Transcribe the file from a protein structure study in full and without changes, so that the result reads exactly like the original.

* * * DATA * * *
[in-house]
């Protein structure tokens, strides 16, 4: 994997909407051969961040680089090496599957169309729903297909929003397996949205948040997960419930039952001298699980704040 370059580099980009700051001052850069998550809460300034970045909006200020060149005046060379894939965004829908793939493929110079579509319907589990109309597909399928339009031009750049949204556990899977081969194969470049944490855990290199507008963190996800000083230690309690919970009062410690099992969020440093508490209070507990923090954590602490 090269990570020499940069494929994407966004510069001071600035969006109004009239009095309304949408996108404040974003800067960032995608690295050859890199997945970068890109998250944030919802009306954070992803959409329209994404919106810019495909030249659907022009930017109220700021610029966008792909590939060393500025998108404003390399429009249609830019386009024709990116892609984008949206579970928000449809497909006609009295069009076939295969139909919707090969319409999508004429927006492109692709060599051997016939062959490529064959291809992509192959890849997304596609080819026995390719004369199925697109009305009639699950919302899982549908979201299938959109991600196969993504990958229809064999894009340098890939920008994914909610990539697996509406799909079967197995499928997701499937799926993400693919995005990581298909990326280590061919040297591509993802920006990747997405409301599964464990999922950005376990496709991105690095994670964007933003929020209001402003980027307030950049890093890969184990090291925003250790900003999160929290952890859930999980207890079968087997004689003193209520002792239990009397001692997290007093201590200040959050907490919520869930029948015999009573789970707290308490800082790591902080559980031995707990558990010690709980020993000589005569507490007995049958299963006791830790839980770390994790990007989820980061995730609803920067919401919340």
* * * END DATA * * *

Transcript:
[in-house]
């Protein structure tokens, strides 16, 4: 994997909407051969961040680089090496599957169309729903297909929003397996949205948040997960419930039952001298699980704040 370059580099980009700051001052850069998550809460300034970045909006200020060149005046060379894939965004829908793939493929110079579509319907589990109309597909399928339009031009750049949204556990899977081969194969470049944490855990290199507008963190996800000083230690309690919970009062410690099992969020440093508490209070507990923090954590602490 090269990570020499940069494929994407966004510069001071600035969006109004009239009095309304949408996108404040974003800067960032995608690295050859890199997945970068890109998250944030919802009306954070992803959409329209994404919106810019495909030249659907022009930017109220700021610029966008792909590939060393500025998108404003390399429009249609830019386009024709990116892609984008949206579970928000449809497909006609009295069009076939295969139909919707090969319409999508004429927006492109692709060599051997016939062959490529064959291809992509192959890849997304596609080819026995390719004369199925697109009305009639699950919302899982549908979201299938959109991600196969993504990958229809064999894009340098890939920008994914909610990539697996509406799909079967197995499928997701499937799926993400693919995005990581298909990326280590061919040297591509993802920006990747997405409301599964464990999922950005376990496709991105690095994670964007933003929020209001402003980027307030950049890093890969184990090291925003250790900003999160929290952890859930999980207890079968087997004689003193209520002792239990009397001692997290007093201590200040959050907490919520869930029948015999009573789970707290308490800082790591902080559980031995707990558990010690709980020993000589005569507490007995049958299963006791830790839980770390994790990007989820980061995730609803920067919401919340």